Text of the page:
Government ‘plays for time’ over £10 billion women’s state pension compensation question: update from AJ Bell’s Tom Selby

by | Mar 25, 2024

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Work and Pensions Secretary Mel Stride has made a statement to the House of Commons on the women’s state pension issue…but failed to commit to paying compensation. Instead, Stride said the government would ‘consider the findings’ of the Parliament and Health Ombudsman’s (PHSO) report – which concluded the DWP was guilty of maladministration in relation to increases in the state pension age for women

Tom Selby (pictured), director of public policy at AJ Bell, comments on the latest moves in this very topical issue saying:

“The government appears to be playing for time on paying compensation to women affected by hikes in the state pension age during the 2010s. Despite a weekend of furious negative publicity following the Ombudsman’s recommendation that compensation of up to £10.5 billion be paid to women impacted by the state pension age increases, the government has so far refused to commit to handing over any cash at all – and is under no obligation to do so.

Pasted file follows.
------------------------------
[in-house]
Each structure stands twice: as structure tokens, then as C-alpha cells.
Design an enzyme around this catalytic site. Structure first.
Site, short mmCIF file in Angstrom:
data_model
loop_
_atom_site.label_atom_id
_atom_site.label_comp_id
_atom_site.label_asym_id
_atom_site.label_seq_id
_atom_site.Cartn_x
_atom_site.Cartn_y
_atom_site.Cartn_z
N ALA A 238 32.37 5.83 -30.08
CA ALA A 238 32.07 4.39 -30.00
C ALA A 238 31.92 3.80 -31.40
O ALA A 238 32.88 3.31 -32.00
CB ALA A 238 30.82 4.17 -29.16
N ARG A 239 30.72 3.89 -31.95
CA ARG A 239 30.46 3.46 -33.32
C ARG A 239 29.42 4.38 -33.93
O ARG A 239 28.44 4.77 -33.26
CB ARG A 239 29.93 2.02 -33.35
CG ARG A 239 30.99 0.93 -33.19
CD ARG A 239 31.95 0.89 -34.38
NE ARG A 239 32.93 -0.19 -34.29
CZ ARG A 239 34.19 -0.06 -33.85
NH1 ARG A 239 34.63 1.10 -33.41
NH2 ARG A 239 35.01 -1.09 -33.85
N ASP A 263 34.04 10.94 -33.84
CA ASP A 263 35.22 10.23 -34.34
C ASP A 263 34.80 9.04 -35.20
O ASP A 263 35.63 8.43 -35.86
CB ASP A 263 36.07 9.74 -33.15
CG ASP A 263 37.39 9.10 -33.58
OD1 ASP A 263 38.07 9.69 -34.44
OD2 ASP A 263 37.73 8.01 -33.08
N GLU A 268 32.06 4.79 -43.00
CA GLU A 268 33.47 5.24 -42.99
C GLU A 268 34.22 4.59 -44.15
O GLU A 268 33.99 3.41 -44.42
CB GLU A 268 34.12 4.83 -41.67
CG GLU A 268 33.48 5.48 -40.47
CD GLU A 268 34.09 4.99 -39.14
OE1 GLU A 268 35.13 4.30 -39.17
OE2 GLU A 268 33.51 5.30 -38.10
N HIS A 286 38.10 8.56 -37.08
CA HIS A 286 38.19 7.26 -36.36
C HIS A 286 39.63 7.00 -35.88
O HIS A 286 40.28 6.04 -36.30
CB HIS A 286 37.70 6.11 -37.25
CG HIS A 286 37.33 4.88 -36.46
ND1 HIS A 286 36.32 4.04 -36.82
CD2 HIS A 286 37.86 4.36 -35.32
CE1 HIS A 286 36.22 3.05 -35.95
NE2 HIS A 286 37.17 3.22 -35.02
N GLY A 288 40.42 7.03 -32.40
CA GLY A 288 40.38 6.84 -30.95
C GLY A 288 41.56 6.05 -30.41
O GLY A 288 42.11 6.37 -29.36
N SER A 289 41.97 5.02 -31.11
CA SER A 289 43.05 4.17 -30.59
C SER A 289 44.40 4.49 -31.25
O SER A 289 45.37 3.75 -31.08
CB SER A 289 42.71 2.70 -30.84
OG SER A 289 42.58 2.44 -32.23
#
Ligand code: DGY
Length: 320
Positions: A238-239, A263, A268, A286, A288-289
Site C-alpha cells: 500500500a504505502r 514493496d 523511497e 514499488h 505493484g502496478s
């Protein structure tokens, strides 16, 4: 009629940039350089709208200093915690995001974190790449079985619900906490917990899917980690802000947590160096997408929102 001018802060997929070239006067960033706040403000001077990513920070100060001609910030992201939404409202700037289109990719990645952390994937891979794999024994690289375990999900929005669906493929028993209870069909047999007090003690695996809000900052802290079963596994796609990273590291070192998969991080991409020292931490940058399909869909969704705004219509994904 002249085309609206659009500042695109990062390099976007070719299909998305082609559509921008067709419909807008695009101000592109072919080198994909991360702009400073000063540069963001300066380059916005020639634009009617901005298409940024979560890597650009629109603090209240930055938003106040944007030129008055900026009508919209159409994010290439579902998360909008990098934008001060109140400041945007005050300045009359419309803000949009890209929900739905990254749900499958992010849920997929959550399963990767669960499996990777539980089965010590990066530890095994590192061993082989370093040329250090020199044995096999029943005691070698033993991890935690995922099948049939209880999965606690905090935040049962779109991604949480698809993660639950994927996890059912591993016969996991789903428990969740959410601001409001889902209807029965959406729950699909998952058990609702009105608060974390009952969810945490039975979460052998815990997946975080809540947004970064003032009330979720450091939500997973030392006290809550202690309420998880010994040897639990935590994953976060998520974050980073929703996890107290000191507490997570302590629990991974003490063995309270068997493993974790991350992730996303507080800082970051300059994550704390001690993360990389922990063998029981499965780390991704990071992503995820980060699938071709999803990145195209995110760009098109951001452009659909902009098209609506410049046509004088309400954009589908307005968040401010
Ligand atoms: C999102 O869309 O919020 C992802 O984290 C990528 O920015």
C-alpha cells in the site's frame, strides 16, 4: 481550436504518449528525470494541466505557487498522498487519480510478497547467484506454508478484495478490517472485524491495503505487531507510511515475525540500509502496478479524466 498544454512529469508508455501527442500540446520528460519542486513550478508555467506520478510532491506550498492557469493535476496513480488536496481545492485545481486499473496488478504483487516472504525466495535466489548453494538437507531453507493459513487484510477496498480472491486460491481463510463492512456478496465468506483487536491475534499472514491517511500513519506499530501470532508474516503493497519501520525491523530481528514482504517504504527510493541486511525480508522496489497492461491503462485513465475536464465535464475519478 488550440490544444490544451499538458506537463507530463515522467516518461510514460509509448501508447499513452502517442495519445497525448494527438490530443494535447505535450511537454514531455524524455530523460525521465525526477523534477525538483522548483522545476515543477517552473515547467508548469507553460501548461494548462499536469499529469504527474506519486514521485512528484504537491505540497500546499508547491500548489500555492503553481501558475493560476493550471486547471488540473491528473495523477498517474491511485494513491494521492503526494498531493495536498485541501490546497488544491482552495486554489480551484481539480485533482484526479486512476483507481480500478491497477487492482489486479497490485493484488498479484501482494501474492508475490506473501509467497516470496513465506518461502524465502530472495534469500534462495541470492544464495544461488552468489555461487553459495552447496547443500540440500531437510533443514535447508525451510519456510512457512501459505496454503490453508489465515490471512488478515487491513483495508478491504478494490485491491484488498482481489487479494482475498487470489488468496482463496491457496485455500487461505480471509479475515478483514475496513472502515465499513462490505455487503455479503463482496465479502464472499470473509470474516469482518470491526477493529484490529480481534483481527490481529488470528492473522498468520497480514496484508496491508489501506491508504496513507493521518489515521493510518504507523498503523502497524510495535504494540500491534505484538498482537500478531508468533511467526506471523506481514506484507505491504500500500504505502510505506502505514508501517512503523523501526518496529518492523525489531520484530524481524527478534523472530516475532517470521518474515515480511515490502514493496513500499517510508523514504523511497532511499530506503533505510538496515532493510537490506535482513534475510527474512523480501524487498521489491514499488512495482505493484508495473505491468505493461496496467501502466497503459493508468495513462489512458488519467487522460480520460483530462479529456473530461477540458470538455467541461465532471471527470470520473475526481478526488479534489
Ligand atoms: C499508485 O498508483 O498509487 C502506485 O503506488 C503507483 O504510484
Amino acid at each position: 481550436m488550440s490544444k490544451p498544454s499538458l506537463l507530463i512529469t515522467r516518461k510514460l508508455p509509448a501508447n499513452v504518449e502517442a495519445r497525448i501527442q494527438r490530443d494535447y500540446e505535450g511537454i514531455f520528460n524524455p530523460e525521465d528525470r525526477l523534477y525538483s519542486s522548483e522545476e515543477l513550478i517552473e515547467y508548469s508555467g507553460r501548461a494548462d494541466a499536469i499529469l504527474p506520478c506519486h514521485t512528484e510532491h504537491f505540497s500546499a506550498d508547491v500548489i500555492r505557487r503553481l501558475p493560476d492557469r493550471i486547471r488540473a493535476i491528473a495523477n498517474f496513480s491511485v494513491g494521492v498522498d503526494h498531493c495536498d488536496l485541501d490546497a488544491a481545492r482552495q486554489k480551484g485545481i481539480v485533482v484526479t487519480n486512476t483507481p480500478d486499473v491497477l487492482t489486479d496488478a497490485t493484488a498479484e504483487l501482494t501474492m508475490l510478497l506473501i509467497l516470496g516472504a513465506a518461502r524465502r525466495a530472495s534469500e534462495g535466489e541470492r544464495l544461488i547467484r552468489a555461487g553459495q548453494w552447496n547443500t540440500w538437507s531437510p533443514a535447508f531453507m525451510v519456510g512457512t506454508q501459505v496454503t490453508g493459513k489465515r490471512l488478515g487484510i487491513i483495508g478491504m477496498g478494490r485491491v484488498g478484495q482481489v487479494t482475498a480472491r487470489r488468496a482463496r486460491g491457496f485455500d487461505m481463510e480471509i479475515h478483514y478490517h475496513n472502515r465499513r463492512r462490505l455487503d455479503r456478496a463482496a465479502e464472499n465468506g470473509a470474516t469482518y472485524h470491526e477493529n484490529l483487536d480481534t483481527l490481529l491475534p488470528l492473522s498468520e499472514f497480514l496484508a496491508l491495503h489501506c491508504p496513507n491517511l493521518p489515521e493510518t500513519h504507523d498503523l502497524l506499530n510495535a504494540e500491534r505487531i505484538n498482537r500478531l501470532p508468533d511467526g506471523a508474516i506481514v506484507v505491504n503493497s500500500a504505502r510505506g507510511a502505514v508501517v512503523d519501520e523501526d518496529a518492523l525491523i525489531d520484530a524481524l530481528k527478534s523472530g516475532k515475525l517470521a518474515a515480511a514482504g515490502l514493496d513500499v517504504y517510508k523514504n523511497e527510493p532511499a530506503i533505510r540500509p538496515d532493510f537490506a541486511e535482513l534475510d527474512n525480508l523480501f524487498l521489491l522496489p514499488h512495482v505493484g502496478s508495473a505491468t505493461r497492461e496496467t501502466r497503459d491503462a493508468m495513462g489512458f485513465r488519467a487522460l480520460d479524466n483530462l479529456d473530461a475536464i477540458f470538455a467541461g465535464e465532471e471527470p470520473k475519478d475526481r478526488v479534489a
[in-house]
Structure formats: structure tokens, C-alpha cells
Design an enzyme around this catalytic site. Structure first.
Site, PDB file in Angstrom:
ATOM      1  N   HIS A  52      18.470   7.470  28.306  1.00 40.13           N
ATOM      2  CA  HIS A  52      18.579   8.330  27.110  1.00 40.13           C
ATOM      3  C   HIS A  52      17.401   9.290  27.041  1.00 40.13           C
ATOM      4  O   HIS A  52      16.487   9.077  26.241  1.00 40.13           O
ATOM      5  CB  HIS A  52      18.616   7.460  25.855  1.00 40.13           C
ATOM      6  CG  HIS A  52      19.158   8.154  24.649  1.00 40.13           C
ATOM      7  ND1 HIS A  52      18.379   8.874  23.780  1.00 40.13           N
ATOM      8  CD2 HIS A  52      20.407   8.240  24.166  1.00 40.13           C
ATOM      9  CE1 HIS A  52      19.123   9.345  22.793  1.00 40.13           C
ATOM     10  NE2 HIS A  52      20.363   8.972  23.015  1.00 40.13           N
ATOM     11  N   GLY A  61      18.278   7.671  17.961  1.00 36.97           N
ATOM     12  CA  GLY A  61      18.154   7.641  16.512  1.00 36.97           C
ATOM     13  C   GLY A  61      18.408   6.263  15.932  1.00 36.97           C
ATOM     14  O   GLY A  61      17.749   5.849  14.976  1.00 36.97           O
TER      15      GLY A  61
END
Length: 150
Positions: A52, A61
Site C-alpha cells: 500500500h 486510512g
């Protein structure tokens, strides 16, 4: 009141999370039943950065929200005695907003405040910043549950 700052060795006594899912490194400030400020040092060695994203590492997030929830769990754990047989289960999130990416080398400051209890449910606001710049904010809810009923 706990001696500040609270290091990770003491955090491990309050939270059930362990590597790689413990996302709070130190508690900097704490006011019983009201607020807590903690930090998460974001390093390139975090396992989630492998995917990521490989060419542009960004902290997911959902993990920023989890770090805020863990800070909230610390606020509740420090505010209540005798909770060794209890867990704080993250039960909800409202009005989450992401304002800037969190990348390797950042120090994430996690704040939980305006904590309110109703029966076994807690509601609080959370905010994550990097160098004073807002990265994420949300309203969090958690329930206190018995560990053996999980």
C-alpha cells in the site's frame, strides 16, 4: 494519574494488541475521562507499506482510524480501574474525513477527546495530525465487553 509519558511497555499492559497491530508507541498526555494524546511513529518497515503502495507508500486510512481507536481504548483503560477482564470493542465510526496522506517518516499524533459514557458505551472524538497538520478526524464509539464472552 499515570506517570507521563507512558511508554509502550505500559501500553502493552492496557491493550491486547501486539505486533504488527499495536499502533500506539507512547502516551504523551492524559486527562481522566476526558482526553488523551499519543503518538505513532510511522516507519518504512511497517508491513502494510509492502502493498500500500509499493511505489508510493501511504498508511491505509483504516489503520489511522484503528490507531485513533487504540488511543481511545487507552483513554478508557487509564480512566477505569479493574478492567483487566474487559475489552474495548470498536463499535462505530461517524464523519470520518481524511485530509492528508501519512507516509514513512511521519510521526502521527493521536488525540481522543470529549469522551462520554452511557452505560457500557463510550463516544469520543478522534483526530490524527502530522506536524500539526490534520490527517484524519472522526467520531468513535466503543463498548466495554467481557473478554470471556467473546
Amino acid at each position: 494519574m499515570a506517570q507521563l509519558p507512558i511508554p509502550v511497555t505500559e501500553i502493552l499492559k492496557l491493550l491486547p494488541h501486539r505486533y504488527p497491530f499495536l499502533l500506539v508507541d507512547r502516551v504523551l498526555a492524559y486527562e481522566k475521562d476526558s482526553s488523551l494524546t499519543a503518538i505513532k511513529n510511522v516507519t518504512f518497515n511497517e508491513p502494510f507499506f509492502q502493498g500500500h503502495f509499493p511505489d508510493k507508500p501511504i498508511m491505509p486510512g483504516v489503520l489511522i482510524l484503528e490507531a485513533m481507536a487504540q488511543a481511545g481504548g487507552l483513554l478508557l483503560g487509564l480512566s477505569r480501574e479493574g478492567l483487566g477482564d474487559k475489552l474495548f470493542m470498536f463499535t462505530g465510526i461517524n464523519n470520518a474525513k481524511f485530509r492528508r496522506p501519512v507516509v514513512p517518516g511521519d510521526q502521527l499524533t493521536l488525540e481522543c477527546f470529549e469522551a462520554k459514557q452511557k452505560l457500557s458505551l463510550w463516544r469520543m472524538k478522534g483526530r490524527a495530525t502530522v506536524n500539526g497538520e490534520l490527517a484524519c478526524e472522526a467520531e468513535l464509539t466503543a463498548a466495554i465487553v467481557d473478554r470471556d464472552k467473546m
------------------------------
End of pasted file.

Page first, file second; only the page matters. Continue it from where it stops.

“For its part, Labour is waiting for the government to show its hand before saying whether or not compensation should be paid. So, despite all the words to date, we are no closer to finding out if the so-called ‘WASPI’ women born in the 1950s will get any money, either from this administration or the next one.


“It’s important to note that the recommendation made by the Ombudsman relates to maladministration, rather than the fairness of the decision to equalise the state pension age for men and women. And even if the Ombudsman’s recommended compensation measures were implemented in full, this would fall well short of campaigners’ calls for £10,000 to be paid to all those affected – a figure which would add tens of billions of pounds to a bill that would ultimately be borne by taxpayers. It is hard to imagine any government going beyond the recommendation made by the Ombudsman, particularly given the difficult fiscal position the country finds itself in.

“It now seems increasingly likely if any compensation is to be paid, it will be under a new government after a general election. If polling is to be believed, that is likely to be Labour, meaning it could be shadow chancellor Rachel Reeves who is ultimately left with the headache of whether to implement the Ombudsman’s findings and, if she does, how to find the billions of pounds of cash needed to fund compensation payouts.”



Today, men and women in the UK have the same state pension age of 66. This has not always been the case, however.

Prior to 2010, women received their state pension from age 60, while men had to wait until age 65. The 1995 Pensions Act first put forward proposals to increase the women’s state pension age to 65 – bringing it in line with men – between 2010 and 2020.